Offerings: CenturyLink Cloud (CLC) is VMware-virtualized; it can be either multitenant or fully single-tenant. CLC also has an option for bare-metal servers. CenturyLink continues to sell legacy Savvis offerings, such as Cloud Data Center 2 and Cloud Servers, when those solutions are appropriate. The Marketplace Provider Program provides third-party software. Enterprise-grade support is extra. Managed services are optional. CenturyLink offers an aPaaS (AppFog), but it is not yet a fully integrated solution.

    Locations: CLC is available in multiple data centers across the U.S., along with Canada, the U.K., Germany, Australia and Singapore. The legacy Savvis cloud offerings are available in a broad range of data centers globally. CenturyLink has global sales, and business is conducted in local languages, but the service is offered only in English.

    Recommended mode (*): CenturyLink primarily appeals to Mode 1 buyers, but may meet Mode 2 requirements that are limited to basic cloud IaaS.

    Recommended uses: Self-service cloud IaaS in conjunction with managed services, for all applications that run well in a virtualized environment, excluding batch computing.

    STRENGTHS

    • CenturyLink's Platform CenturyLink vision is rooted in the ability to deliver the breadth of CenturyLink's capabilities in an API-accessible and composable fashion. It has built a solid platform for increasing CenturyLink's own agility and ability to deliver new service offerings. CenturyLink is integrating its IaaS and PaaS offerings, and is building out broader service capabilities, including automation-augmented managed services. It is increasingly signaling the desire to be platform-neutral, including potentially managing other providers' cloud services or a customer's on-premises infrastructure, with services such as Runner, its Ansible-based hybrid infrastructure management solution.


    • While CenturyLink is increasingly focused on using the cloud as a means to enter the data center outsourcing market, it nevertheless has a competitive feature set for self-service, and successfully blends the self-service and managed services models across a hybrid solution portfolio. CenturyLink has a track record of successfully delivering enterprise-class solutions, including managed security services. The existing CenturyLink base of managed hosting, colocation and network customers provides it with cross-selling opportunities.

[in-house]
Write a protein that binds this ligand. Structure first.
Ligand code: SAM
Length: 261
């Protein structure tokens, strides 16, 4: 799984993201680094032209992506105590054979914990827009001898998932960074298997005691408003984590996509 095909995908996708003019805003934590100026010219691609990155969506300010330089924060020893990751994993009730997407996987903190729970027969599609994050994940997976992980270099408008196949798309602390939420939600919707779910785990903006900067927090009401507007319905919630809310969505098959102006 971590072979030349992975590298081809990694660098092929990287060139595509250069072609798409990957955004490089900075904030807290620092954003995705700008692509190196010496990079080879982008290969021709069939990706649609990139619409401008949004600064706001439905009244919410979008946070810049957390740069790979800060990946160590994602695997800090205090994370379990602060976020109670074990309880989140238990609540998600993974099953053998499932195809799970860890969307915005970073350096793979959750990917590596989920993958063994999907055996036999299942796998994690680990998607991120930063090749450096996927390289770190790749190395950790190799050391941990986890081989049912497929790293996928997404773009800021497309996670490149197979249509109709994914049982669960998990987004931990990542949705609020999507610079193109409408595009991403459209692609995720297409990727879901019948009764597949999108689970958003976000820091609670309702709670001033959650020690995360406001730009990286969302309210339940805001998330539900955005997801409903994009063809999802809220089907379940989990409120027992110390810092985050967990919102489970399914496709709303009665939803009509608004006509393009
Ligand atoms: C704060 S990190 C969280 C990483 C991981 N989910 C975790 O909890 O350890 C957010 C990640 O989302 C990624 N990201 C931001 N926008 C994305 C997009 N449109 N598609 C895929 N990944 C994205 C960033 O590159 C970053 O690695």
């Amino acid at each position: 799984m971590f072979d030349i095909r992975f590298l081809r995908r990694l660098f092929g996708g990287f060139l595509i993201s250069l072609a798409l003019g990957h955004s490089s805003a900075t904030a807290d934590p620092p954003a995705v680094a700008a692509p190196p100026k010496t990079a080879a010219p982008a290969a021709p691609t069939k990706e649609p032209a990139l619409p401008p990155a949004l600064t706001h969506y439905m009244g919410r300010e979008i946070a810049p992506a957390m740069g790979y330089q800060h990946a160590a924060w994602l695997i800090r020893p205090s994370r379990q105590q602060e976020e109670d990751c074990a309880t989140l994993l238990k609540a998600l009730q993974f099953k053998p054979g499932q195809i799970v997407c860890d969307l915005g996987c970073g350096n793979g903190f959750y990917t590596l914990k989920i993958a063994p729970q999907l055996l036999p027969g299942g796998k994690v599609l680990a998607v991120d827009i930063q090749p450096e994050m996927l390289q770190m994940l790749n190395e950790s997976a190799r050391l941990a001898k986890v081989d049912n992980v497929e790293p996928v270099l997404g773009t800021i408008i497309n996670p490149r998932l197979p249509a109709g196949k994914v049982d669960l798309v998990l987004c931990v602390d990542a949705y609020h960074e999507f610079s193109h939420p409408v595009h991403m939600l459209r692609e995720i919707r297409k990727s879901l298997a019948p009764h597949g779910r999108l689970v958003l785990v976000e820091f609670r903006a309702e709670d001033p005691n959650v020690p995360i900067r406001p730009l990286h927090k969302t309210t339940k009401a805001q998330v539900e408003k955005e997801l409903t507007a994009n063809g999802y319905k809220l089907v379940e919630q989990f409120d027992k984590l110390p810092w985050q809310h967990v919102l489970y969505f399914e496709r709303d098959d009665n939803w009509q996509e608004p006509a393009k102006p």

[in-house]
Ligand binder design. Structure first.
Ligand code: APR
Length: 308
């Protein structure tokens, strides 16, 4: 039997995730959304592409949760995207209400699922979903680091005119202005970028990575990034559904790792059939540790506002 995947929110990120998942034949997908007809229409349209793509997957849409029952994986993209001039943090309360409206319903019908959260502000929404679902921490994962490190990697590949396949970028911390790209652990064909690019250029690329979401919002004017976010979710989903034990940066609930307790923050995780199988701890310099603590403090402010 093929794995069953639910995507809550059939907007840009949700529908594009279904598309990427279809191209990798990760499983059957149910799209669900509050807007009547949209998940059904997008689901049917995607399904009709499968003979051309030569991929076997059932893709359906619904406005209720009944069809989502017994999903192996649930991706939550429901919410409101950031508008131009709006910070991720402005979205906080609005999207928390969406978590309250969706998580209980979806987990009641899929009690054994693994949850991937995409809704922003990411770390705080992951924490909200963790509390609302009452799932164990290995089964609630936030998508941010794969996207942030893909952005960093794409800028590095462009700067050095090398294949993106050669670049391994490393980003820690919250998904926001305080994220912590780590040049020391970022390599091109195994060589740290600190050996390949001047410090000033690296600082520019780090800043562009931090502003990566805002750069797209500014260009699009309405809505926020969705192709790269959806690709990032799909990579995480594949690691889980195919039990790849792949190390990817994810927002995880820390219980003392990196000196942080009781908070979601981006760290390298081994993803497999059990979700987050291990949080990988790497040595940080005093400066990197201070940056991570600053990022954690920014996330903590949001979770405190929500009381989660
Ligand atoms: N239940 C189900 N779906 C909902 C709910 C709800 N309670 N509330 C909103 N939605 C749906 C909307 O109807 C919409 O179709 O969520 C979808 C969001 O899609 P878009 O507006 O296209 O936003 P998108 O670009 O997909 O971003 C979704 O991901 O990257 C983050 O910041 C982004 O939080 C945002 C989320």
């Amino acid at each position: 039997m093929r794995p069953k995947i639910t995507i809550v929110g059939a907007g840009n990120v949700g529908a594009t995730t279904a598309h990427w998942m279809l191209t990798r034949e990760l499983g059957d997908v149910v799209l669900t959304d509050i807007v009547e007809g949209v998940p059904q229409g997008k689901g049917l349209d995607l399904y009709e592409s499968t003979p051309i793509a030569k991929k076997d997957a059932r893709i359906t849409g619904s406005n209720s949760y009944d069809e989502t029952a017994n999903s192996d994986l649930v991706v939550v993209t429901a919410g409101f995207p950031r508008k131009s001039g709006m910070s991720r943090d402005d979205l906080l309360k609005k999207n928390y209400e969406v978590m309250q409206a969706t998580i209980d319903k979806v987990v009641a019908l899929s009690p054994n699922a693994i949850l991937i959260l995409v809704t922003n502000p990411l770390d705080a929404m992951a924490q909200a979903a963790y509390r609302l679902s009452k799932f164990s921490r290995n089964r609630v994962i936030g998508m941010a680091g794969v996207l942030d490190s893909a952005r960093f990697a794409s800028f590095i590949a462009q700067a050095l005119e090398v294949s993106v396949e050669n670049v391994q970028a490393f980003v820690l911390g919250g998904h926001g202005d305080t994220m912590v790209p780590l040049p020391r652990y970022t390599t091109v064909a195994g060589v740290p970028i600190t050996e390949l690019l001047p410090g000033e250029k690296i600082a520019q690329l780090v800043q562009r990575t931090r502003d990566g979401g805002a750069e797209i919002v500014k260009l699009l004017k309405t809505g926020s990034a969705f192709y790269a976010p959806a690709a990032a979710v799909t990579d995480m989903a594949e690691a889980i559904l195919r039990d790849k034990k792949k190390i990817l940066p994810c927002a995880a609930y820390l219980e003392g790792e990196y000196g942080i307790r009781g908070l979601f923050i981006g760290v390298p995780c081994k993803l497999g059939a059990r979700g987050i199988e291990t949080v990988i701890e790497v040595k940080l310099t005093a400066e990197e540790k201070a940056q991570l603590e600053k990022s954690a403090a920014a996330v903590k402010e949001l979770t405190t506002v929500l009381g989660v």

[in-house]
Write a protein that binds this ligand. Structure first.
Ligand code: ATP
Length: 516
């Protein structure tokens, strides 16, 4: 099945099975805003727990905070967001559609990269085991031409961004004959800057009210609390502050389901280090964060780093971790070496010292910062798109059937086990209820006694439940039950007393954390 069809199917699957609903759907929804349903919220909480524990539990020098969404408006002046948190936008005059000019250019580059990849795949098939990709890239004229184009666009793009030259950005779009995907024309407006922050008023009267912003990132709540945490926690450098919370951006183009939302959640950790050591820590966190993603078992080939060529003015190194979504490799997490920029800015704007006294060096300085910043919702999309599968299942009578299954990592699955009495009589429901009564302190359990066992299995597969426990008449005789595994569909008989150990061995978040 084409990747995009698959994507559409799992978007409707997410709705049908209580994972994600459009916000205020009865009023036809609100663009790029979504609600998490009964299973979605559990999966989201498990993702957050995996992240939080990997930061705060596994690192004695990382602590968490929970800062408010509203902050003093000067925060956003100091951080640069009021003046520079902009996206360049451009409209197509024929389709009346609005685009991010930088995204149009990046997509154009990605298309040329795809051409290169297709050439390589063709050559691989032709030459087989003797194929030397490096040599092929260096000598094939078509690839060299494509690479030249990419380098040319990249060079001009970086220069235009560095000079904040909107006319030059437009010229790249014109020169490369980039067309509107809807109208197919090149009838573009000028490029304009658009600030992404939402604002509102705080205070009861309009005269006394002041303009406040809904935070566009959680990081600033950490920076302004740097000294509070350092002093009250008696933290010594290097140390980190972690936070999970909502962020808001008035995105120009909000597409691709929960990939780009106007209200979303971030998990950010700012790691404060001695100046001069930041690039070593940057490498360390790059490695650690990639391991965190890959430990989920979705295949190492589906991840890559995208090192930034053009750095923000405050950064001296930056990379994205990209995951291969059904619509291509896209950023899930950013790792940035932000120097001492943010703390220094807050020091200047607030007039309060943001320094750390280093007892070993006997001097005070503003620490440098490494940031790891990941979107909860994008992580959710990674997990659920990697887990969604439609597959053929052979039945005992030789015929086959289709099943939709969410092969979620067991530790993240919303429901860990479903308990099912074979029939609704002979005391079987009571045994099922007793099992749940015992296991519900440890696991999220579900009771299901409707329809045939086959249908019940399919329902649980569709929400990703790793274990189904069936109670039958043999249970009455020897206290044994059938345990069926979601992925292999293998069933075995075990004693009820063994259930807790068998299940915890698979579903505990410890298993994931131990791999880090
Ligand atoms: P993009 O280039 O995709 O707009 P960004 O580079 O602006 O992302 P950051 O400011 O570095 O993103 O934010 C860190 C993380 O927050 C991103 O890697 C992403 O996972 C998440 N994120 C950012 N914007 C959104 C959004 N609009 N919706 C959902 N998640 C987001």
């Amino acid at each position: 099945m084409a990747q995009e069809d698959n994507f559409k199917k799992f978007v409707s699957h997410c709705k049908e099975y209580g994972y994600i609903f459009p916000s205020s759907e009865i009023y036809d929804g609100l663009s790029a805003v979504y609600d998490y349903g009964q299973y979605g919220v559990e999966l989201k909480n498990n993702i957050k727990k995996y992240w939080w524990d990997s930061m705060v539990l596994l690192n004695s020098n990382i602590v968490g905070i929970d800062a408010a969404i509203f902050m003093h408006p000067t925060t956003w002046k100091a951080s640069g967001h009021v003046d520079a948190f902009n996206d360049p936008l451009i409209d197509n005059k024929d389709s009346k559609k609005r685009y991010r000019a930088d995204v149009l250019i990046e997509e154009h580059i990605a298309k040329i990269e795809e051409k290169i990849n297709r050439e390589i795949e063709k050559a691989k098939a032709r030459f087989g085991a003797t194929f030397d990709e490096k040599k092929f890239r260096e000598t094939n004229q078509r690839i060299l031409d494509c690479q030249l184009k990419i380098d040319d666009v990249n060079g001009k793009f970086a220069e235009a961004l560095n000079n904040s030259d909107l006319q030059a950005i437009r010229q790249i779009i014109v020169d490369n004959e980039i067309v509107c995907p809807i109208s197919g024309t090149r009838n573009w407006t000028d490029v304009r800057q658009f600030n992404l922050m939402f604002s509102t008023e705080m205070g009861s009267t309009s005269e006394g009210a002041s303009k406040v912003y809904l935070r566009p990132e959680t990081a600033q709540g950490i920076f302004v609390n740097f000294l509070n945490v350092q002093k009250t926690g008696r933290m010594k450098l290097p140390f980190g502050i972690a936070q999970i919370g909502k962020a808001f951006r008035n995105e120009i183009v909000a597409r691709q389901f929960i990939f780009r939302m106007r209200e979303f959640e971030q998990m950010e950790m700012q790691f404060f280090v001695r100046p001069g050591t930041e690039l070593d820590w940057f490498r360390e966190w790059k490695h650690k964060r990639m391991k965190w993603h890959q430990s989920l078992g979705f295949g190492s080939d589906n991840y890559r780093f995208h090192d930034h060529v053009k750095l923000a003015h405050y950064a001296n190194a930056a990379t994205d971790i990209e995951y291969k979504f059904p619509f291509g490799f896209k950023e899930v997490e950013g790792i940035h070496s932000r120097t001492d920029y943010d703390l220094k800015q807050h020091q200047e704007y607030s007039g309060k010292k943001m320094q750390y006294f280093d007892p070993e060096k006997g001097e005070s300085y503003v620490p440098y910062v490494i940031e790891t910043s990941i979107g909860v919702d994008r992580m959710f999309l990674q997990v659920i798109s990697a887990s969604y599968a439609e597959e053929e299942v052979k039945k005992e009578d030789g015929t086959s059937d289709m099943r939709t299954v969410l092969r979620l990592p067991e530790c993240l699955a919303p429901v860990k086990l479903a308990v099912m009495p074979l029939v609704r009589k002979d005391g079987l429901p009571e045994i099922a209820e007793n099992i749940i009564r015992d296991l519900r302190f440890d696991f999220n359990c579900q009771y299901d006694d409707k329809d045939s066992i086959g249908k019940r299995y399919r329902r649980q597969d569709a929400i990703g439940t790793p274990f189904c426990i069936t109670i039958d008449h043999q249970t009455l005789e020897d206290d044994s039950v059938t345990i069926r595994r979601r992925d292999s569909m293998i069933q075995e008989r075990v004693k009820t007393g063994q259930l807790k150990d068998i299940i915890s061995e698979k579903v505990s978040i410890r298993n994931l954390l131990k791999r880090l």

CAUTIONS

    • CenturyLink has a solidly capable and well-implemented basic offering, and has been executing successfully on its roadmap, but that roadmap is not sufficiently aggressive for the pace of the market. CenturyLink is potentially in an uncomfortable "in between" place in the market. On one side are market leaders that have broad portfolios of capabilities and managed service provider partners, and who are increasingly capable of attracting risk-averse customers that might have previously chosen a vendor like CenturyLink. On the other side are niche providers who specialize in specific applications and compliance requirements.


    • Cloud leadership turnover, as well as CenturyLink's exploration of strategic alternatives for its data center assets, create additional uncertainty around its future cloud ambitions. It is unclear if CenturyLink is willing to continue investing deeply in cloud IaaS and PaaS offerings beyond the core platform capabilities it needs to underpin Platform CenturyLink and its communications services. Customers should ensure that CLC will continue to meet their needs in the future.





    [*] We note whether the vendor's offerings are likely to appeal to Mode 1 safety-and-efficiency-oriented IT, Mode 2 agility-oriented IT, or both. We also note whether the offerings are likely to be useful for organizations seeking IT transformation. This recommendation reflects the way that a provider goes to market, provides service and support, and designs its offerings. All such statements are specific to the provider's cloud IaaS offering, not the provider as a whole.